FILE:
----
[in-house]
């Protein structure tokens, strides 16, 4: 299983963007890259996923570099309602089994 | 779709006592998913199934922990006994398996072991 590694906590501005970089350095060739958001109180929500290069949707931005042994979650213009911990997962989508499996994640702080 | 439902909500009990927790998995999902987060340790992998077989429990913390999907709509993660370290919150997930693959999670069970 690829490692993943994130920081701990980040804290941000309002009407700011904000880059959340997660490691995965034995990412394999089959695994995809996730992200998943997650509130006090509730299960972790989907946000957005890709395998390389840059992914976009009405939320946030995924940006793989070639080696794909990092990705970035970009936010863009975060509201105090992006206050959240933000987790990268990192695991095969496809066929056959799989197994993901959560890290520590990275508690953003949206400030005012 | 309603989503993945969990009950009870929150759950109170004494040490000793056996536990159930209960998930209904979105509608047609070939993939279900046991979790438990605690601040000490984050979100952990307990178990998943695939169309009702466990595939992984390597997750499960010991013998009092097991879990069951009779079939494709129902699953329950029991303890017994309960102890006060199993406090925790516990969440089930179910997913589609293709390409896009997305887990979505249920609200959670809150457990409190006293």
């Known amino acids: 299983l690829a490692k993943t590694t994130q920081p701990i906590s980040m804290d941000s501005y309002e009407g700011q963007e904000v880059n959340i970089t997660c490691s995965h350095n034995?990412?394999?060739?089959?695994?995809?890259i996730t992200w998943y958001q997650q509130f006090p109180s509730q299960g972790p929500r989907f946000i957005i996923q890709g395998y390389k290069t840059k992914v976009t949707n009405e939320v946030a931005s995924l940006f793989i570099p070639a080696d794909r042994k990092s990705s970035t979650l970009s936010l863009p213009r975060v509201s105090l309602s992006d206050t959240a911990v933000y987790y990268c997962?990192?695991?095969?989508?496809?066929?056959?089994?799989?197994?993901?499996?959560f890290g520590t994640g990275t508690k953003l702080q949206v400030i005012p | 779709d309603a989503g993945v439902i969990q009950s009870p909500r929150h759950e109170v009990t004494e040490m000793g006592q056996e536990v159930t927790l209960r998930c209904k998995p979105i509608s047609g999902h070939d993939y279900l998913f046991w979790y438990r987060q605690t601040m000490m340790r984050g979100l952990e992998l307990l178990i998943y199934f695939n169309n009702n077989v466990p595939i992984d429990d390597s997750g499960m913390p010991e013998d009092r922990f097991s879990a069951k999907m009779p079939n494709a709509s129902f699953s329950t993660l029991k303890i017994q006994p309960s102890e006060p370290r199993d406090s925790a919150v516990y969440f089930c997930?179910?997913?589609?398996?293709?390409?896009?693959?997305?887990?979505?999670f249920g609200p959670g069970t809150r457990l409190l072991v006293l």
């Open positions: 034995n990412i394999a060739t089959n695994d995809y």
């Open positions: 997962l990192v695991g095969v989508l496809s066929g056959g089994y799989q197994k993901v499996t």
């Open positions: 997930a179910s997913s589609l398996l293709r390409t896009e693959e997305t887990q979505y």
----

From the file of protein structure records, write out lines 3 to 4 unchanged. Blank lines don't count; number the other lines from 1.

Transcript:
């Known amino acids: 299983l690829a490692k993943t590694t994130q920081p701990i906590s980040m804290d941000s501005y309002e009407g700011q963007e904000v880059n959340i970089t997660c490691s995965h350095n034995?990412?394999?060739?089959?695994?995809?890259i996730t992200w998943y958001q997650q509130f006090p109180s509730q299960g972790p929500r989907f946000i957005i996923q890709g395998y390389k290069t840059k992914v976009t949707n009405e939320v946030a931005s995924l940006f793989i570099p070639a080696d794909r042994k990092s990705s970035t979650l970009s936010l863009p213009r975060v509201s105090l309602s992006d206050t959240a911990v933000y987790y990268c997962?990192?695991?095969?989508?496809?066929?056959?089994?799989?197994?993901?499996?959560f890290g520590t994640g990275t508690k953003l702080q949206v400030i005012p | 779709d309603a989503g993945v439902i969990q009950s009870p909500r929150h759950e109170v009990t004494e040490m000793g006592q056996e536990v159930t927790l209960r998930c209904k998995p979105i509608s047609g999902h070939d993939y279900l998913f046991w979790y438990r987060q605690t601040m000490m340790r984050g979100l952990e992998l307990l178990i998943y199934f695939n169309n009702n077989v466990p595939i992984d429990d390597s997750g499960m913390p010991e013998d009092r922990f097991s879990a069951k999907m009779p079939n494709a709509s129902f699953s329950t993660l029991k303890i017994q006994p309960s102890e006060p370290r199993d406090s925790a919150v516990y969440f089930c997930?179910?997913?589609?398996?293709?390409?896009?693959?997305?887990?979505?999670f249920g609200p959670g069970t809150r457990l409190l072991v006293l």
């Open positions: 034995n990412i394999a060739t089959n695994d995809y």